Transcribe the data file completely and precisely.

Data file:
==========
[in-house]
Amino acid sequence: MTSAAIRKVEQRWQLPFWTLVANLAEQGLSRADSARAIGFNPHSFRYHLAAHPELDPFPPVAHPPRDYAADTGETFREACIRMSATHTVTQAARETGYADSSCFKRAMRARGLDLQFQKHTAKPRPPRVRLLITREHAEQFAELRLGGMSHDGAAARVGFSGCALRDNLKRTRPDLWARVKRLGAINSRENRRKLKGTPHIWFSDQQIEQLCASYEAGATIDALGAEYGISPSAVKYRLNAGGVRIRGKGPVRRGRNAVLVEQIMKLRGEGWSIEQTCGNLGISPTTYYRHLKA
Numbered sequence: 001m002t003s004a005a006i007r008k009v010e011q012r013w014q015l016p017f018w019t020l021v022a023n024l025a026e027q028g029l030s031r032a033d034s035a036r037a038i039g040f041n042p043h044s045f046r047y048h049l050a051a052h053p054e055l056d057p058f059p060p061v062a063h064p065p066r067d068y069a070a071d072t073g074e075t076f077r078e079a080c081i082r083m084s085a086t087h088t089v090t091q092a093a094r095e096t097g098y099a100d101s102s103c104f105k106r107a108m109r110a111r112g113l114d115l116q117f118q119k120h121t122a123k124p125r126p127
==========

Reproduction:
[in-house]
Amino acid sequence: MTSAAIRKVEQRWQLPFWTLVANLAEQGLSRADSARAIGFNPHSFRYHLAAHPELDPFPPVAHPPRDYAADTGETFREACIRMSATHTVTQAARETGYADSSCFKRAMRARGLDLQFQKHTAKPRPPRVRLLITREHAEQFAELRLGGMSHDGAAARVGFSGCALRDNLKRTRPDLWARVKRLGAINSRENRRKLKGTPHIWFSDQQIEQLCASYEAGATIDALGAEYGISPSAVKYRLNAGGVRIRGKGPVRRGRNAVLVEQIMKLRGEGWSIEQTCGNLGISPTTYYRHLKA
Numbered sequence: 001m002t003s004a005a006i007r008k009v010e011q012r013w014q015l016p017f018w019t020l021v022a023n024l025a026e027q028g029l030s031r032a033d034s035a036r037a038i039g040f041n042p043h044s045f046r047y048h049l050a051a052h053p054e055l056d057p058f059p060p061v062a063h064p065p066r067d068y069a070a071d072t073g074e075t076f077r078e079a080c081i082r083m084s085a086t087h088t089v090t091q092a093a094r095e096t097g098y099a100d101s102s103c104f105k106r107a108m109r110a111r112g113l114d115l116q117f118q119k120h121t122a123k124p125r126p127